U.S. Army Project Boosts 5G and mm-Wave Technologies With Over 100 GHz Carbon Nanotube Transistors

Carbon Nanotube Technology

An Army project developed a carbon nanotube technology that, for the first time, achieved speeds exceeding 100GHz in radio frequency applications, and may boost military communications and sensing technologies. Credit: Carbonics, Inc.

An Army-funded project may boost 5G and mm-Wave technologies, improving military communications and sensing equipment.

Carbonics, Inc., partnered with the University of Southern California to develop a carbon nanotube technology that, for the first time, achieved speeds exceeding 100GHz in radio frequency applications. The milestone eclipses the performance — and efficiency — of traditional Radio Frequency Complementary Metal-Oxide Semiconductor, known as RF-CMOS technology, that is ubiquitous in modern consumer electronics, including cell phones.

“This milestone shows that carbon nanotubes, long thought to be a promising communications chip technology, can deliver,” said Dr. Joe Qiu, program manager, solid-state and electromagnetics at the Army Research Office. “The next step is scaling this technology, proving that it can work in high-volume manufacturing. Ultimately, this technology could help the Army meet its needs in communications, radar, electronic warfare, and other sensing applications.”

The research was published in the journal Nature Electronics on November 18, 2019.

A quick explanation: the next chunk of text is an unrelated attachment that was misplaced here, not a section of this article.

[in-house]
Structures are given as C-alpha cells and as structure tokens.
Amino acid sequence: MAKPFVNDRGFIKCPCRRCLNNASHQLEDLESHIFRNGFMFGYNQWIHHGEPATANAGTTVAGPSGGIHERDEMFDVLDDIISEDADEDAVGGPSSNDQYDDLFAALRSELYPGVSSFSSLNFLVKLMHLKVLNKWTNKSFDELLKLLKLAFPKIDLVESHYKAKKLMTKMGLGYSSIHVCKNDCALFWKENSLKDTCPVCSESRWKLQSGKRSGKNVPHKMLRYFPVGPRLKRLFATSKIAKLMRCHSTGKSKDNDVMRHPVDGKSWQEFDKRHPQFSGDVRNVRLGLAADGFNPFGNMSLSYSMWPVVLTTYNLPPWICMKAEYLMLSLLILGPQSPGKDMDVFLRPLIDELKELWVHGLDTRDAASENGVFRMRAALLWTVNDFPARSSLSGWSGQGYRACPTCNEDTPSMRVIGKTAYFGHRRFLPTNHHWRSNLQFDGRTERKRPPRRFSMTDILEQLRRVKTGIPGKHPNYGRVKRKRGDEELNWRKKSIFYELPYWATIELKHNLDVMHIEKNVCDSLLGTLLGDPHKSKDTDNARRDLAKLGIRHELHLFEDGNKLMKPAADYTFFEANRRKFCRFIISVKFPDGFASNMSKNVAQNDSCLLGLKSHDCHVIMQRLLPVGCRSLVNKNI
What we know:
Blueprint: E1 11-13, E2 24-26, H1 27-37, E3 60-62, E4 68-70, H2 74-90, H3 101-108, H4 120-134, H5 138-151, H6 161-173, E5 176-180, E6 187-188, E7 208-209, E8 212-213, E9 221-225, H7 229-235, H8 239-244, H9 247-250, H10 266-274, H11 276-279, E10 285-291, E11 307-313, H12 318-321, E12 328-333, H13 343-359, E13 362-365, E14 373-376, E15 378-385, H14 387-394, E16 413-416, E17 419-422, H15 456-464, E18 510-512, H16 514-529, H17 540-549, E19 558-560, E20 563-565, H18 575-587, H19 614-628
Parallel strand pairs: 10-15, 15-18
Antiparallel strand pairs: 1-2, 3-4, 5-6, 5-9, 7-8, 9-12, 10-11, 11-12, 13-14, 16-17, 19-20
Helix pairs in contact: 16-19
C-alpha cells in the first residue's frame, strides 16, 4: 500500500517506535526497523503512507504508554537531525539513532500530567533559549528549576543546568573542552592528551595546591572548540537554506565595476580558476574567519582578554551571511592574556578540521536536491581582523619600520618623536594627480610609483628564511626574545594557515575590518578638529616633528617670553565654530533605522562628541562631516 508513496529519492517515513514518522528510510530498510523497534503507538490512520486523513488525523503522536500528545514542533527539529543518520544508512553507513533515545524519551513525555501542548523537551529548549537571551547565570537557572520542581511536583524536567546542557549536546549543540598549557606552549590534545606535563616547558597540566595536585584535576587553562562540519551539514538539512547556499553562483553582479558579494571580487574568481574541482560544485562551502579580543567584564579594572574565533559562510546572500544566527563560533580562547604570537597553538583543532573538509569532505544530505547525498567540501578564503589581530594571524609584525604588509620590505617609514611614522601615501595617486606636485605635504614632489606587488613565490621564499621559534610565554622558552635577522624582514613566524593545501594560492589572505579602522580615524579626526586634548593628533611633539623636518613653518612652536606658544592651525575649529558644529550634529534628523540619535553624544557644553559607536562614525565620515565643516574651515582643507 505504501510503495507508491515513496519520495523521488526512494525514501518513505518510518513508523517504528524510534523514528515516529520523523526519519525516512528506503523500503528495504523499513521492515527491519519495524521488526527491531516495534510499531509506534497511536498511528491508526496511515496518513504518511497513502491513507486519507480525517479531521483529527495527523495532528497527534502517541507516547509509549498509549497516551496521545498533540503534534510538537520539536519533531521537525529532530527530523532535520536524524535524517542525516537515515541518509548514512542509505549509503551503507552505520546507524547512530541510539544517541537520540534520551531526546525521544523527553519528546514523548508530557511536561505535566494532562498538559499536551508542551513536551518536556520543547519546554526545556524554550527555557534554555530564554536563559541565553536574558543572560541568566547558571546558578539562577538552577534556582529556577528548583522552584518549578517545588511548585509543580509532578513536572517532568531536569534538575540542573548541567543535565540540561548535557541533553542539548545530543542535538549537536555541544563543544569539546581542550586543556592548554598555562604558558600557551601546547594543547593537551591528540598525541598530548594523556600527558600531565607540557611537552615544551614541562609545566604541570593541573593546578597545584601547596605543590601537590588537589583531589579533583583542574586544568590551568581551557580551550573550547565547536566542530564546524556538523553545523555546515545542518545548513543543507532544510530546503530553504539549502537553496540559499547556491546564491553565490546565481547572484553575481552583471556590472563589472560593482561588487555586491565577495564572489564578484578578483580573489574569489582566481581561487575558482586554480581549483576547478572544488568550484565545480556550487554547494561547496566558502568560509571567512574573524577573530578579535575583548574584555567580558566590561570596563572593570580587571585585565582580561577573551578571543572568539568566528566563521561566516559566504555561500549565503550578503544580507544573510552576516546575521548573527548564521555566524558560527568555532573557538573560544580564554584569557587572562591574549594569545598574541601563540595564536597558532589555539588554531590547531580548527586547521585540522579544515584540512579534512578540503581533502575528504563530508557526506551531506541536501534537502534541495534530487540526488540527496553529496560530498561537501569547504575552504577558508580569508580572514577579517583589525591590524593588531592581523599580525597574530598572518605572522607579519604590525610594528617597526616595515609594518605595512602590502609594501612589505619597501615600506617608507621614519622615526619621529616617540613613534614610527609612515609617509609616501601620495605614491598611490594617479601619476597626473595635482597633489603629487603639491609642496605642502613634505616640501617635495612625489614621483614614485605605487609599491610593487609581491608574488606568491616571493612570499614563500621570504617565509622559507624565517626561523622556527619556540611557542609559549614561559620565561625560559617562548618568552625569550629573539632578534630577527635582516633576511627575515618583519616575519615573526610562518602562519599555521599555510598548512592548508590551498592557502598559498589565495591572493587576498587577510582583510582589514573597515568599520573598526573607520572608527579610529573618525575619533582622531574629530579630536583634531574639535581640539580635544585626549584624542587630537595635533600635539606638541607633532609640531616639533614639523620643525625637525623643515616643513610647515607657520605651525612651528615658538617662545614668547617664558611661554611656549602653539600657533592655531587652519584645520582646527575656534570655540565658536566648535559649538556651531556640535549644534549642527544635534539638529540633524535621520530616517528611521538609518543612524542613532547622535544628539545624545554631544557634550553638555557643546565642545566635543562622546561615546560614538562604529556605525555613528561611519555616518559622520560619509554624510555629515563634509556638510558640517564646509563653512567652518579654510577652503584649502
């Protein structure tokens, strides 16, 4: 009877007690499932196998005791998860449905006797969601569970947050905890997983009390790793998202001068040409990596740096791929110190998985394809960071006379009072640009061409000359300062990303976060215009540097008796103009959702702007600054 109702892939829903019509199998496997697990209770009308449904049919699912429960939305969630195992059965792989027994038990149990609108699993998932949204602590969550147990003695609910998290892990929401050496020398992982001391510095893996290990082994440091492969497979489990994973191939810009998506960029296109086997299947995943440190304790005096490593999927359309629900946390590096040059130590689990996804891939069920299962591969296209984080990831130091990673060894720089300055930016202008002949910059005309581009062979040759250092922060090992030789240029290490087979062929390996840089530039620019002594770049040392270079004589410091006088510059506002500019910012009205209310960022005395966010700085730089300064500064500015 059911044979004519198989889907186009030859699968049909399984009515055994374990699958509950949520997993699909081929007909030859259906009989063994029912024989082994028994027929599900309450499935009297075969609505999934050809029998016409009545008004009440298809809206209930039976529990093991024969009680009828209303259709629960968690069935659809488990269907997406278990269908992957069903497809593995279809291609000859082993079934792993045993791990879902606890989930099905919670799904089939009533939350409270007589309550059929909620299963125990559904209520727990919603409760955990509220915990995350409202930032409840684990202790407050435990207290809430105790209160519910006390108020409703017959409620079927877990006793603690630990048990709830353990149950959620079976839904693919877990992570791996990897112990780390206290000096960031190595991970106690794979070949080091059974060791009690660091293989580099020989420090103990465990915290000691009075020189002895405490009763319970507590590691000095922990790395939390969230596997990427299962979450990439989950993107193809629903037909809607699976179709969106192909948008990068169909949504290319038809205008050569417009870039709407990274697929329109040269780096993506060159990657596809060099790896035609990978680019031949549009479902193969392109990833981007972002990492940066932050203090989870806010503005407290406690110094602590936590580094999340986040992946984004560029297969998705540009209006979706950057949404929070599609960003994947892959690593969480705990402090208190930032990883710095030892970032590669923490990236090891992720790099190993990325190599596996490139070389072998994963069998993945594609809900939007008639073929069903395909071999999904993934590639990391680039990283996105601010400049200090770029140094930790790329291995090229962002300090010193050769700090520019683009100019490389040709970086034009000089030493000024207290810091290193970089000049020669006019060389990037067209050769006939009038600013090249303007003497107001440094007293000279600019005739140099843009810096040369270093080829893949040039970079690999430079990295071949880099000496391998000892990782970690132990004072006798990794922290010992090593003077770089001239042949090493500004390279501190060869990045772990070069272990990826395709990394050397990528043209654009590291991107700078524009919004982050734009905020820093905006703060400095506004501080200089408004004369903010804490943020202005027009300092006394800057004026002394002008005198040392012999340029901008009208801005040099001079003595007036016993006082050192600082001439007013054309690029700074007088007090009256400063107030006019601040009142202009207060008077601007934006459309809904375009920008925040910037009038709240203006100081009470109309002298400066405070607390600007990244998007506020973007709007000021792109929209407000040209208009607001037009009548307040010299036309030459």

The work, funded by ARO, an element of U.S. Army Combat Capabilities Development Command’s Army Research Laboratory, is a part of a Small Business Technology Transfer Program. The program focuses on feasibility studies leading to prototype demonstration of technology for specific applications.

For nearly two decades, researchers have theorized that carbon nanotubes would be well suited as a high-frequency transistor technology due to its unique one-dimensional electron transport characteristics. The engineering challenge has been to assemble the high-purity semiconducting nanotubes into densely aligned arrays and create a working device out of the nanomaterial.

Carbonics, a venture-backed start-up, and USC, successfully overcame this challenge. Projections based on scaling single carbon nanotube device metrics suggest the technology could ultimately far exceed the top-tier incumbent RF technology, Gallium Arsenide.

Carbonics employs a deposition technology called ZEBRA that enables carbon nanotubes to be densely aligned and deposited onto a variety of chip substrates including silicon, silicon-on-insulator, quartz, and flexible materials. This allows the technology to be directly integrated with traditional CMOS digital logic circuits, overcoming the typical problem of heterogeneous integration.

“With this exciting accomplishment, the timing is ripe to leverage our CMOS-compatible technology for the 5G and mm-Wave defense communication markets,” said Carbonics’ CEO Kos Galatsis. “We are now engaged in licensing and technology transfer partnerships with industry participants, while we continue to advance this disruptive RF technology.”

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Reference: “Wafer-scalable, aligned carbon nanotube transistors operating at frequencies of over 100 GHz” by Christopher Rutherglen, Alexander A. Kane, Philbert F. Marsh, Tyler A. Cain, Basem I. Hassan, Mohammed R. AlShareef, Chongwu Zhou and Kosmas Galatsis, 18 November 2019, Nature Electronics.
DOI: 10.1038/s41928-019-0326-y

In 2014, Carbonics spun-out from the joint center of UCLA-USC and King Abdulaziz City for Science and Technology in Saudi Arabia called the Center of Excellence for Green Nanotechnologies.

The research is based in part, on work funded by the Army more than 10 years ago at University of California Irvine. A graduate student who worked on that project for his doctoral thesis research, Dr. Christopher Rutherglen, is now Carbonics’ chief technology officer.

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